By Miheema Goodine
Urban Sentinel Staff Writer
Approximately 300,000 children under the age of 18 are lured into sex trafficking each year. Girls are typically brought into the sex trade as young as twelve years old. Boys can be entrapped into the illicit trade at an even younger age. Sex trafficking tends to occur in impoverished neighborhoods, urban centers and along interstate highways. Forty percent of sex trafficking victims are African Americans. In the District of Columbia over 2,500 cases have been reported as of 2017. It is reported that over 1,600 of these cases are children. The same year in which controversy sparked over the amount of missing black girls in the District who received little to no media coverage. This form of modern-day slavery is prevalent in Washington, D.C. and is affecting our youth.
Sex trafficking is far from a victimless crime; it is, in fact, a multi-billion dollar industry that operates throughout the United States. More than 2,000 children go missing each year in the District of Columbia. The Polaris Project study determined that the number of cases reported to a national trafficking hotline surged 25 percent. As of 2019, more than 100 children have been rescued from sex traffickers in the metropolitan area. When black and brown children are missing, little national attention is given to their plight. According to Natalie Wilson of the Black & Missing Foundation, black children who go missing, receive less media attention than white kids.
Youth who are victims of sex trafficking go through a process of manipulation. These kids are often targeted regarding lack of family support, bullying, and even struggling for social acceptance can make them targets. Often youth are groomed or tricked into false beliefs based on words told to them. The process can start off as innocent with toys, candies, compliments, etc and gradually began to escalate. By building a connection, sex traffickers or pimps begin to brainwash and manipulate their victims. Hallmarks of child sex trafficking can include unexplained absences from school, bragging about making or having a lot of money, evidence of physical abuse, sexualized behavior and acting withdrawn. Victims’ home life can revolve around violence, substance abuse, sexual abuse and more and will view the predators as a saving grace. Boys can account for 13% of human trafficking.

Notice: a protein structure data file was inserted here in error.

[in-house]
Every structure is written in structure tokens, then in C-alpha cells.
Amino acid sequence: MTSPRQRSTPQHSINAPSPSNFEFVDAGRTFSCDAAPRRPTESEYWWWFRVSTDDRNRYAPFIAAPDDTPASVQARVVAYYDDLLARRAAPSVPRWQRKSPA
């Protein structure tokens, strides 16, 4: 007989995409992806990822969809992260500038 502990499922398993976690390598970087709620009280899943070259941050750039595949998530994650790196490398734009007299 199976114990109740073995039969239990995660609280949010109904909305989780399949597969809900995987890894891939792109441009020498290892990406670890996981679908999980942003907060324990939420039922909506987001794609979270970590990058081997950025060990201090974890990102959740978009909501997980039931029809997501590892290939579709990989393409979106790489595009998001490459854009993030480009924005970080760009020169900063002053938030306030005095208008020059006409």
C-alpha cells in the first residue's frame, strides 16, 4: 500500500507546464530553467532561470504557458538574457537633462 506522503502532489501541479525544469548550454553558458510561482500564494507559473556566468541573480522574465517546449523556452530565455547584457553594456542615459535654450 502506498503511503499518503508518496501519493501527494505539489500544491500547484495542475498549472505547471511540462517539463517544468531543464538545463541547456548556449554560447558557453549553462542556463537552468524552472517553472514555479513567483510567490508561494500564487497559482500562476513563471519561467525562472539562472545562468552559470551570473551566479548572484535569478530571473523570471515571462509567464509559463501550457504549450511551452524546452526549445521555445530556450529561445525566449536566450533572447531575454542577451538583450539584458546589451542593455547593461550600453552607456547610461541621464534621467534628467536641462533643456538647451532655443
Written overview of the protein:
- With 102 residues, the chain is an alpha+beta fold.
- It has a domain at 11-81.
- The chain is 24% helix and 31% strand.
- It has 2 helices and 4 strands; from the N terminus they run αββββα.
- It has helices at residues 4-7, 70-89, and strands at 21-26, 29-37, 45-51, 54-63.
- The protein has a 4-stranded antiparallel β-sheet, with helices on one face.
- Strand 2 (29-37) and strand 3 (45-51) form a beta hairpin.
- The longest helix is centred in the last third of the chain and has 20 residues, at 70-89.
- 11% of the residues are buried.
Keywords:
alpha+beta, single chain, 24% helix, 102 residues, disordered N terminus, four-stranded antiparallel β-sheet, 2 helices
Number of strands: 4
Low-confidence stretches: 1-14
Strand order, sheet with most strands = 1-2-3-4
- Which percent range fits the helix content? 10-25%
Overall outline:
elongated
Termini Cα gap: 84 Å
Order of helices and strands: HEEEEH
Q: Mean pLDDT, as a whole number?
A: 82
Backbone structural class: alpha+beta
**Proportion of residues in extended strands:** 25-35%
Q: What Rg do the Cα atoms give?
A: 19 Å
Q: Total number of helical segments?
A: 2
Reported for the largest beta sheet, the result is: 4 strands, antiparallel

Due to a lack of resources for male survivors, there are limited resources for male survivors. Any child who has been abused or abandoned no matter their gender can become a victim of child trafficking. Many common misconceptions and beliefs hinder us from being aware of our surroundings and noticing when these situations are out of the ordinary.
Sexually exploited youths do not have freedom and are not able to escape. Victims of sexual exploitation often suffer from physical, emotional, and mental abuse. One of the least acknowledged facts regarding child trafficking is an alarming number of black victims. Black youth between the ages of 12-19 have or will experience higher violent interactions than their white counterparts. This makes them easy targets for predators.